10 Ways to overcome challenges to writing your dissertation

frustrated authorThe top challenges participants of TAA’s August Dissertation Writing Boot Camp indicated that they were facing in completing their dissertation included time management, staying focused, writer’s block, holding themselves accountable to deadlines, and anxiety.

Boot Camp Leader and Dissertators United Chapter Chair Ashley Sanders, who is also working on completing her dissertation, said that one of the strategies she finds really helpful to overcome the anxiety she feels when working on her dissertation is to start the day by free writing in her journal.

“I mean, completely free writing,” she said. “Whatever comes to mind I pour out on the page for 10 to 15 minutes. It helps me work through any anxiety I’m facing or worries or fears by taking the time to write out things I’m grateful for in my life. That starts me out with a positive mindset to begin tackling what can be some very challenging tasks, because I’m much more focused on what’s going well, what I’m thankful for, and all the good things that are happening in my life.”

Here are some additional strategies participants learned during the boot camp that they found to be helpful in their writing process:

“Free writing really helped me with writing anxiety. I made a Word file and dumped ideas into it. When I color coded, the ideas and categories began to appear.”

“I really liked the 25-minute timer and 5-minute break. That got me started with my research questions.”

“Short bursts, check-ins, literature review resources, and the writing log.”

“Dedicating time to write. It is so easy for other priorities to get in the way.”

“I decided not to worry about logic and just write–quantity over quality–and it was really freeing. Using a timer was also great.”

“The accountability to a group definitely increased my focus.”

“Setting concrete, realistic goals. Even if you don’t meet them, you know what you need to work on the next time you sit down. Feeling like you are part of a community–suffering and celebrating in solidarity.”

“When you aren’t feeling confident about your writing, or anxiety about what you’re writing, look at a piece of writing in which you received kudos, a high grade, positive comments, etc. It will reenergize you that you really can do this, you have done it before, and you can do it again.”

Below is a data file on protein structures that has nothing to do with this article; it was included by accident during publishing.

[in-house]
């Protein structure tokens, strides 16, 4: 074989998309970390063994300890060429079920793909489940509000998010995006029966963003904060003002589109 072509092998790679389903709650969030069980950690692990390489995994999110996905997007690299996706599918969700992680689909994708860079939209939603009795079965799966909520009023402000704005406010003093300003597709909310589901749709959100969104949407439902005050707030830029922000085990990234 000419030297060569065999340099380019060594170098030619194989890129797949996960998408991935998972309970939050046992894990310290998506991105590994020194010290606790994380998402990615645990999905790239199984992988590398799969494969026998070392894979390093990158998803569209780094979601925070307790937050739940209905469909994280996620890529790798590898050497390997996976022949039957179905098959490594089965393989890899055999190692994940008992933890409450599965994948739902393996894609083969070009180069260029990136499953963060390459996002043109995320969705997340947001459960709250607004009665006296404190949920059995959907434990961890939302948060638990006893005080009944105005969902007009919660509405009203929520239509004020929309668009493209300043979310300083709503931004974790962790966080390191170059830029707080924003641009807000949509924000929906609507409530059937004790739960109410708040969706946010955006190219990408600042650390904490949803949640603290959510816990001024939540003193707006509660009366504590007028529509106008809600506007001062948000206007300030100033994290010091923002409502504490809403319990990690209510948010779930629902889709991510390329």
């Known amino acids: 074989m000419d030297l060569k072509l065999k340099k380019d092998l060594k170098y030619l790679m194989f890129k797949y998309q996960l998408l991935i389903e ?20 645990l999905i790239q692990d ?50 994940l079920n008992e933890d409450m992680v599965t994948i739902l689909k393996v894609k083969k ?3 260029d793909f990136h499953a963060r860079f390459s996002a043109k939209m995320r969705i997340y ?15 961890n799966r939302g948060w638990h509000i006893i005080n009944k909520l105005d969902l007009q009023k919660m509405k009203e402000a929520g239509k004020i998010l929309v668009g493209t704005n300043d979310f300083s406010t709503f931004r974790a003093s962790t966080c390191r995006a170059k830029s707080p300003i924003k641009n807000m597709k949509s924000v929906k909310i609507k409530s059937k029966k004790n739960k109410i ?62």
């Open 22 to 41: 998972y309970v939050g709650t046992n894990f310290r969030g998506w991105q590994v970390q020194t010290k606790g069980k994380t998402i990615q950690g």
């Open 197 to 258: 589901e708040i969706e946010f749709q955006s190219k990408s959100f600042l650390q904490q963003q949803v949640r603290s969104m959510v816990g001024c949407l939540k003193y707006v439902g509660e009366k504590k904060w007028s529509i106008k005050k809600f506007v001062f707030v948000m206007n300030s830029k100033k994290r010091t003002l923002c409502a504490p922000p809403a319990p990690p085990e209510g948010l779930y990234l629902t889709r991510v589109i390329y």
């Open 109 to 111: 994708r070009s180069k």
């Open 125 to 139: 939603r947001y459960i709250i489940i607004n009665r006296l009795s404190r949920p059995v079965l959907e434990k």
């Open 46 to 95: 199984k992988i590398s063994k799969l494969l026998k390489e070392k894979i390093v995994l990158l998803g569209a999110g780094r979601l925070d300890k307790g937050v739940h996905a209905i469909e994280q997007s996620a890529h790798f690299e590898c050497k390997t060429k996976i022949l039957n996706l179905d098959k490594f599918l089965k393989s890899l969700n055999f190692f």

“You don’t need to write chronologically. Start where you feel most comfortable–where you have the most data, where you feel writing inspiration–and work forward and backward. This might help you reach a place where you can work on the introduction or other sections that are blocking your progress.”

“Silence your phone and let loved ones, colleagues, co-workers, etc. know when you’ve blocked off time and that you would be happy to interact, talk, and take phone calls before/after, but not during, that time.”


bootcamp

Join us for TAA’s second boot camp, which will be held September 20-21 and features a mini webinar entitled “Writing with POWER”, presented by Margarita Huerta, Assistant Professor of English Language Learning/Early Childhood Education at the University of Nevada, Las Vegas. As a postdoctoral research assistant, Huerta was integrally involved with P.O.W.E.R. Writing Services program at Texas A&M University, a program that provides “motivational and instrumental support for graduate students’ and faculty’s academic writing”. In this webinar she will share tools and strategies from the P.O.W.E.R. writing program that can help you jump-start your dissertation project. You can learn more about P.O.W.E.R., which stands for Promoting Outstanding Writing for Excellence in Research, by visiting power.tamu.edu. Register